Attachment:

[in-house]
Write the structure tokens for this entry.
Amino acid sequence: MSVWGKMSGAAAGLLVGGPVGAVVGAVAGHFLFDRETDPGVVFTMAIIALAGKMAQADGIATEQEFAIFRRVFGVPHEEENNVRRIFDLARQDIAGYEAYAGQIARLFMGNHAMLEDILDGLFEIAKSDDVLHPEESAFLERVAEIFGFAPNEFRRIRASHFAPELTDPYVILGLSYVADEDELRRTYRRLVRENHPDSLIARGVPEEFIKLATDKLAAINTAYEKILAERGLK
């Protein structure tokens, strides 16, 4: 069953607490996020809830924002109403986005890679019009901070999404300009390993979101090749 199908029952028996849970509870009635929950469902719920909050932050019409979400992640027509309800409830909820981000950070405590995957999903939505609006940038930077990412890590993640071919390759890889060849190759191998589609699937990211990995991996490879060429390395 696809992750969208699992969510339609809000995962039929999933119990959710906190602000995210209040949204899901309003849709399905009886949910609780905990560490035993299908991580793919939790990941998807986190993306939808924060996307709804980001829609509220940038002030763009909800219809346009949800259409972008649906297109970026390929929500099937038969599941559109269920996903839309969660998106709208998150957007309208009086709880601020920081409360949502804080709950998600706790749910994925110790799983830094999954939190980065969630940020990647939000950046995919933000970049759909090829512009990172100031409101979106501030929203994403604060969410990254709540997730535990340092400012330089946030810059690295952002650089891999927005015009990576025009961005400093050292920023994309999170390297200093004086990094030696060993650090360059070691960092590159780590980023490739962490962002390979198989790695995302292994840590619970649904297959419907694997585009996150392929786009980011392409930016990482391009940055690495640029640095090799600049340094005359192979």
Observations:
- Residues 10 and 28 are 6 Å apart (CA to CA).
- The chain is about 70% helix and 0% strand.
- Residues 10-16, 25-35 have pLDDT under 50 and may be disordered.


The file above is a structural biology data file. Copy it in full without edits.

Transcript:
[in-house]
Write the structure tokens for this entry.
Amino acid sequence: MSVWGKMSGAAAGLLVGGPVGAVVGAVAGHFLFDRETDPGVVFTMAIIALAGKMAQADGIATEQEFAIFRRVFGVPHEEENNVRRIFDLARQDIAGYEAYAGQIARLFMGNHAMLEDILDGLFEIAKSDDVLHPEESAFLERVAEIFGFAPNEFRRIRASHFAPELTDPYVILGLSYVADEDELRRTYRRLVRENHPDSLIARGVPEEFIKLATDKLAAINTAYEKILAERGLK
């Protein structure tokens, strides 16, 4: 069953607490996020809830924002109403986005890679019009901070999404300009390993979101090749 199908029952028996849970509870009635929950469902719920909050932050019409979400992640027509309800409830909820981000950070405590995957999903939505609006940038930077990412890590993640071919390759890889060849190759191998589609699937990211990995991996490879060429390395 696809992750969208699992969510339609809000995962039929999933119990959710906190602000995210209040949204899901309003849709399905009886949910609780905990560490035993299908991580793919939790990941998807986190993306939808924060996307709804980001829609509220940038002030763009909800219809346009949800259409972008649906297109970026390929929500099937038969599941559109269920996903839309969660998106709208998150957007309208009086709880601020920081409360949502804080709950998600706790749910994925110790799983830094999954939190980065969630940020990647939000950046995919933000970049759909090829512009990172100031409101979106501030929203994403604060969410990254709540997730535990340092400012330089946030810059690295952002650089891999927005015009990576025009961005400093050292920023994309999170390297200093004086990094030696060993650090360059070691960092590159780590980023490739962490962002390979198989790695995302292994840590619970649904297959419907694997585009996150392929786009980011392409930016990482391009940055690495640029640095090799600049340094005359192979």
Observations:
- Residues 10 and 28 are 6 Å apart (CA to CA).
- The chain is about 70% helix and 0% strand.
- Residues 10-16, 25-35 have pLDDT under 50 and may be disordered.